Jun 7, 2010

Luke... I might not actually be your father.

Imagine receiving the results of a genetic test that suggests that your son is not your son. Was there a mix-up in the maternity ward?

Fortunately, in this case it was a slip-up in the genetics lab contracted by personal genomics company 23andMe to process its customers' samples. But the news that the Californian firm has supplied 96 people with someone else's results will add to the pressure for more regulation of this emerging industry.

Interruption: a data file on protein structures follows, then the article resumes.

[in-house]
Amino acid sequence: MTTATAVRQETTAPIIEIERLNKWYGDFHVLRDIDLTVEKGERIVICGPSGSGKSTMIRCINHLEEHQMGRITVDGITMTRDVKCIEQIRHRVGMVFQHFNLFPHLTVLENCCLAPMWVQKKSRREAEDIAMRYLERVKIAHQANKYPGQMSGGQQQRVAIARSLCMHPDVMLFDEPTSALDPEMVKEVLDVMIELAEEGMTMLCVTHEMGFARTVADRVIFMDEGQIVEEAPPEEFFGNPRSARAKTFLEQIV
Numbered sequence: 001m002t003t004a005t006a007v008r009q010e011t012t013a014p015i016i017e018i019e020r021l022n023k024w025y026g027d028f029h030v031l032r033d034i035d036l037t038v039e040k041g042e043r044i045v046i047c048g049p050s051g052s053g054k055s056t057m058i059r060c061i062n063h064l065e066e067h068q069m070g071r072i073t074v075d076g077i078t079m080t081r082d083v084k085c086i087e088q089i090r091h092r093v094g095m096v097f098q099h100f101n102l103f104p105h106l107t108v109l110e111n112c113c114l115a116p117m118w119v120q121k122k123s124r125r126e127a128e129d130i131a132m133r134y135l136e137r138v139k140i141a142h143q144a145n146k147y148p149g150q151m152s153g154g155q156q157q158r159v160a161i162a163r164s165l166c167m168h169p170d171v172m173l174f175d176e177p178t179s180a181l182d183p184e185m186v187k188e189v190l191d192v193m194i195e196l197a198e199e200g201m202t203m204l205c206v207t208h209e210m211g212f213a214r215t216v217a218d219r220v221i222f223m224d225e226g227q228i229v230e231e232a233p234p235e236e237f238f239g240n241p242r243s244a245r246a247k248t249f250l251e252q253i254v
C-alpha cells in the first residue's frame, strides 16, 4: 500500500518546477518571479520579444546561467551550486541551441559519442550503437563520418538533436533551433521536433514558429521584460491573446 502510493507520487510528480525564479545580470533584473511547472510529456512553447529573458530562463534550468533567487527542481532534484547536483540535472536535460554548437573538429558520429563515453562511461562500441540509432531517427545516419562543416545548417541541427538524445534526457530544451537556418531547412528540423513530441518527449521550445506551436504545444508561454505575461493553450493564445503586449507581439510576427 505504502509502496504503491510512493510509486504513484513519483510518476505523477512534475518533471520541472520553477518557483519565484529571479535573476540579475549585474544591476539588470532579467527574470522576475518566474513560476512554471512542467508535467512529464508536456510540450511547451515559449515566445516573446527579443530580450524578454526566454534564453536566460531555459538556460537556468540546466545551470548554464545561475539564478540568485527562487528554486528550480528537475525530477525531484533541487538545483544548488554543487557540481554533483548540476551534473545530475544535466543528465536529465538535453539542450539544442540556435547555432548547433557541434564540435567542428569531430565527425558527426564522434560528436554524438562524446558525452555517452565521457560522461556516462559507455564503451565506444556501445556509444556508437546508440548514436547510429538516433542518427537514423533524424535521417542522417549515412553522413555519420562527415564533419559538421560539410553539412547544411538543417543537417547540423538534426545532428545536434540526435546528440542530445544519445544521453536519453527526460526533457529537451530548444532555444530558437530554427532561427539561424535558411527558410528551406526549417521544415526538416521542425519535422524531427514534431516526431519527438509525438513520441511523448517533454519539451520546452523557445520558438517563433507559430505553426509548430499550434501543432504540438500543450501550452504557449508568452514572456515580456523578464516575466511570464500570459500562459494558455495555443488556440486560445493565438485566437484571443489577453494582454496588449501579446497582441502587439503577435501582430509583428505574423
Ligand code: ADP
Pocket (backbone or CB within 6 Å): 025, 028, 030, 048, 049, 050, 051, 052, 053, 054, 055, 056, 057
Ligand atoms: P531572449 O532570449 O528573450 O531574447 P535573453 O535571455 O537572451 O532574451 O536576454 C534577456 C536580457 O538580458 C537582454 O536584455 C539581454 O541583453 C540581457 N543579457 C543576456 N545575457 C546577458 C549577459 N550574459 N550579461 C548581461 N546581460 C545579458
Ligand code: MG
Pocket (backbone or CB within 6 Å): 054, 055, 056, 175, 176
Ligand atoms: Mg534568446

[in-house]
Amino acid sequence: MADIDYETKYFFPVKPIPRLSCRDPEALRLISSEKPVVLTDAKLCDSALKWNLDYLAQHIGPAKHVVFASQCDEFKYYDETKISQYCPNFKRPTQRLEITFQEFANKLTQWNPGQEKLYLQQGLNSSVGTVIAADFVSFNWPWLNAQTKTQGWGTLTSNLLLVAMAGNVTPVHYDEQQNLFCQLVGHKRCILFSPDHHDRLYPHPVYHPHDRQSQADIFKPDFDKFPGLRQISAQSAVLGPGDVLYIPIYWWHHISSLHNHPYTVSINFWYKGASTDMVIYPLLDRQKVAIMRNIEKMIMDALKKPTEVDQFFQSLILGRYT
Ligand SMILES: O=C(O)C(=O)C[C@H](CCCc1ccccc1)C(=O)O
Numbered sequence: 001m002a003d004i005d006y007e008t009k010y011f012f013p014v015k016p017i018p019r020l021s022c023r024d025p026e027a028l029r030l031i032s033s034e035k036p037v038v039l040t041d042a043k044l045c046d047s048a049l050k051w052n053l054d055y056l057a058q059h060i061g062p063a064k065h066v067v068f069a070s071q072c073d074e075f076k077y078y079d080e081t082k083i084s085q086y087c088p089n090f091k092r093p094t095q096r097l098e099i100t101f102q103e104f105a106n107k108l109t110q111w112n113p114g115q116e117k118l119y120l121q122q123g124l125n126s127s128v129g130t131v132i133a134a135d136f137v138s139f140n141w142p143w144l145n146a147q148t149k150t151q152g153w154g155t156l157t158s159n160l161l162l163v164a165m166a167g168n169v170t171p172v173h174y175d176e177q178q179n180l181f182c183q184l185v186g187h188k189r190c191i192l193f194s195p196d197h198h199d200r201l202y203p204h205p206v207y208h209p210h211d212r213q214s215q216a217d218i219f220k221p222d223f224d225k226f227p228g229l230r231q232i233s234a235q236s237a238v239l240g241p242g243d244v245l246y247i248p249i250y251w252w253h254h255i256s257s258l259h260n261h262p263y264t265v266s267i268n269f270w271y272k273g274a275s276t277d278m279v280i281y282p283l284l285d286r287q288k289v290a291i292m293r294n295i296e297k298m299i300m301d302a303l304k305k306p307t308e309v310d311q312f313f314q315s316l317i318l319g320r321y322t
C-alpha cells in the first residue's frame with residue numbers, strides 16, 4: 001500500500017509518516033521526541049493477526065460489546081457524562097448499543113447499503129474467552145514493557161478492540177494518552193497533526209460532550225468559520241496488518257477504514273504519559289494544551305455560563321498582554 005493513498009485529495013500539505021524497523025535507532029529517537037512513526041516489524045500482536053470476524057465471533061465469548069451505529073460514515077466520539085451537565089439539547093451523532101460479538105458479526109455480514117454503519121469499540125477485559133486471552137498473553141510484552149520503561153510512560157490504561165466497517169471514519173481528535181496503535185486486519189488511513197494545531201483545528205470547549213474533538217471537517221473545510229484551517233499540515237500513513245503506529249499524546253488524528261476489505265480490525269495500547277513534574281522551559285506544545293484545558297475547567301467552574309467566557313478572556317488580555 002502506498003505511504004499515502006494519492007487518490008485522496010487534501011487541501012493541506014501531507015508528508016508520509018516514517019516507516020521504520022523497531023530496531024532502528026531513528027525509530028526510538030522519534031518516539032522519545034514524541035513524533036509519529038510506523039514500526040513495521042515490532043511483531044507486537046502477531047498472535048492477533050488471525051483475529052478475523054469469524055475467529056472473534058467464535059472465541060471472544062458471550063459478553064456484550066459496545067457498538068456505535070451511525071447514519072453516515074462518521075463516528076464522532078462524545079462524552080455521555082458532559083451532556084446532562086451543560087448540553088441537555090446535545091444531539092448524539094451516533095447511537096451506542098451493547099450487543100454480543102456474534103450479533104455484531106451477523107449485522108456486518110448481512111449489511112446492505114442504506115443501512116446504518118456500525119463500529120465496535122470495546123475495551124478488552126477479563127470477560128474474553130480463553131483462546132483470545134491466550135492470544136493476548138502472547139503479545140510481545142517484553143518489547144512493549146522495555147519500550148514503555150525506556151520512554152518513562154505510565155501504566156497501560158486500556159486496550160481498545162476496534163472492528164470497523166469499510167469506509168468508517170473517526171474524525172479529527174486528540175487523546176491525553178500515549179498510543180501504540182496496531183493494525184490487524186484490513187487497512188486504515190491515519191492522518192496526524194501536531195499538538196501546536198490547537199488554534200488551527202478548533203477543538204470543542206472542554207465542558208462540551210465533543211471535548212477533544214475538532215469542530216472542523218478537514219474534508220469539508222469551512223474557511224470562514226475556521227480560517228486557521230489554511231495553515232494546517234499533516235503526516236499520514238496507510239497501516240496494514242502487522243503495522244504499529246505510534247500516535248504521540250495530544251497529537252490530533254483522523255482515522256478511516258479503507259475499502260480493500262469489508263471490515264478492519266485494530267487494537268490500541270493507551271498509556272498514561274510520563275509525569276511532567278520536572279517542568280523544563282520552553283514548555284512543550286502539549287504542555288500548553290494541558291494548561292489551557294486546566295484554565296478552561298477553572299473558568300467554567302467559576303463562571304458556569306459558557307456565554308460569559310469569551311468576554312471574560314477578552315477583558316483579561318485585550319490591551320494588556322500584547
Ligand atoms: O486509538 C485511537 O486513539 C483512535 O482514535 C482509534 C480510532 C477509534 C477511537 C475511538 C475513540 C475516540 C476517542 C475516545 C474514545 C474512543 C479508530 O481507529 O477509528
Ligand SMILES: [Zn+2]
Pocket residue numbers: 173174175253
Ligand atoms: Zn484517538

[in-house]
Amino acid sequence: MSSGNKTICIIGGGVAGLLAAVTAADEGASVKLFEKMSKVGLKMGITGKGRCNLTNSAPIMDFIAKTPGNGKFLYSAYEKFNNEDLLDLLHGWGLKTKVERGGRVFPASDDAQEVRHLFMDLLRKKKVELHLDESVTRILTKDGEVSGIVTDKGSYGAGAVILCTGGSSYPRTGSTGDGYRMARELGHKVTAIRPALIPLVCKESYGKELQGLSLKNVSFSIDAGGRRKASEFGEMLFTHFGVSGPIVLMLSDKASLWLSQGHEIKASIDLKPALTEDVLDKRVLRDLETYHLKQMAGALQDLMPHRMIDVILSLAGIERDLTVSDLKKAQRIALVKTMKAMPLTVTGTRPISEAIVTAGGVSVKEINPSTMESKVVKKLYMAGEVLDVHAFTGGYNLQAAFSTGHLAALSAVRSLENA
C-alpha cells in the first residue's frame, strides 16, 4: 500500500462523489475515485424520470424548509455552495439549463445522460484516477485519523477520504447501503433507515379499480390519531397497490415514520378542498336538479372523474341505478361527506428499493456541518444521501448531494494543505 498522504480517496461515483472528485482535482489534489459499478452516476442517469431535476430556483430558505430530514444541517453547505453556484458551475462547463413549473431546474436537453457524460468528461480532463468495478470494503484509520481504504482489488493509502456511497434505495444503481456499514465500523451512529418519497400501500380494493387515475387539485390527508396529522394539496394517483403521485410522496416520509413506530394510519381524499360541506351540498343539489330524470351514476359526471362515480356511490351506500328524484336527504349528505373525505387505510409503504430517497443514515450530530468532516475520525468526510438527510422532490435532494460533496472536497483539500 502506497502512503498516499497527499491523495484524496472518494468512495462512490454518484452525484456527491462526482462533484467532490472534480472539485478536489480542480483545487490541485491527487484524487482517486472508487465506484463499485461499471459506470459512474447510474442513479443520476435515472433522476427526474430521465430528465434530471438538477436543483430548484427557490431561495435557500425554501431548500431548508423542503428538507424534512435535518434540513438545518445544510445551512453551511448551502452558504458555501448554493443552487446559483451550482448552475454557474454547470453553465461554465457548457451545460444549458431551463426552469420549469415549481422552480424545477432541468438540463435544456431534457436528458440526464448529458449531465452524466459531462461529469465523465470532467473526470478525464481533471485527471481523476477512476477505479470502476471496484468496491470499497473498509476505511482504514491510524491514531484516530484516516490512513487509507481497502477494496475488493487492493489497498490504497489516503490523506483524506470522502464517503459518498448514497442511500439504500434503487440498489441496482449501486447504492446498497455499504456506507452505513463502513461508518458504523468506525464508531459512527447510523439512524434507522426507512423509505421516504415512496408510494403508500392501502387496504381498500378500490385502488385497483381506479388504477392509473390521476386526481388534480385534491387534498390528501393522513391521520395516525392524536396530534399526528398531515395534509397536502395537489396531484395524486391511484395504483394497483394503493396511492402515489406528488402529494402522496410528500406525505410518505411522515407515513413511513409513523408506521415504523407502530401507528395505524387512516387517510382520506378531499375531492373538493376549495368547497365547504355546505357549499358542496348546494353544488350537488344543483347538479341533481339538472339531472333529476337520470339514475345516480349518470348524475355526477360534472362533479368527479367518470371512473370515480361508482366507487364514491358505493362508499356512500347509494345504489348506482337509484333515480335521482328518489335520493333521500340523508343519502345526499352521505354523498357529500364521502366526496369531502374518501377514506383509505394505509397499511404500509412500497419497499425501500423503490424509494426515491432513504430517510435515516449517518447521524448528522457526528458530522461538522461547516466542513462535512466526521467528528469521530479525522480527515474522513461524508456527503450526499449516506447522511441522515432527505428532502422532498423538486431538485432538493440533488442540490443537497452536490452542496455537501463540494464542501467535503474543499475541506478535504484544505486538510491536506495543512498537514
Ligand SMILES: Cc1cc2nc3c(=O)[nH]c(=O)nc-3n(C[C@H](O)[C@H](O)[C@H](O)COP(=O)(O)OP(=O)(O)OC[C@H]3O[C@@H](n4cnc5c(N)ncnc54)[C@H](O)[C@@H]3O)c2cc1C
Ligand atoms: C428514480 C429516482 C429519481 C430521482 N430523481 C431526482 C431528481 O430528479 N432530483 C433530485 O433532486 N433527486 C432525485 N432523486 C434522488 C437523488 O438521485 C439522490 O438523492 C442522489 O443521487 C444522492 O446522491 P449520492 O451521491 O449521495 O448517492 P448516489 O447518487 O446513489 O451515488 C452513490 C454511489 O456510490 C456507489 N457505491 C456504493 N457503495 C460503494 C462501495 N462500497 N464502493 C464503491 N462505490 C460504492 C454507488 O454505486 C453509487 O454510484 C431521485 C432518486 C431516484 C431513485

When privacy advocates argue that non-felons' DNA should be kept out of government databases, this is one of the crucial reasons why. You can't simply regulate away errors, human or silicon.

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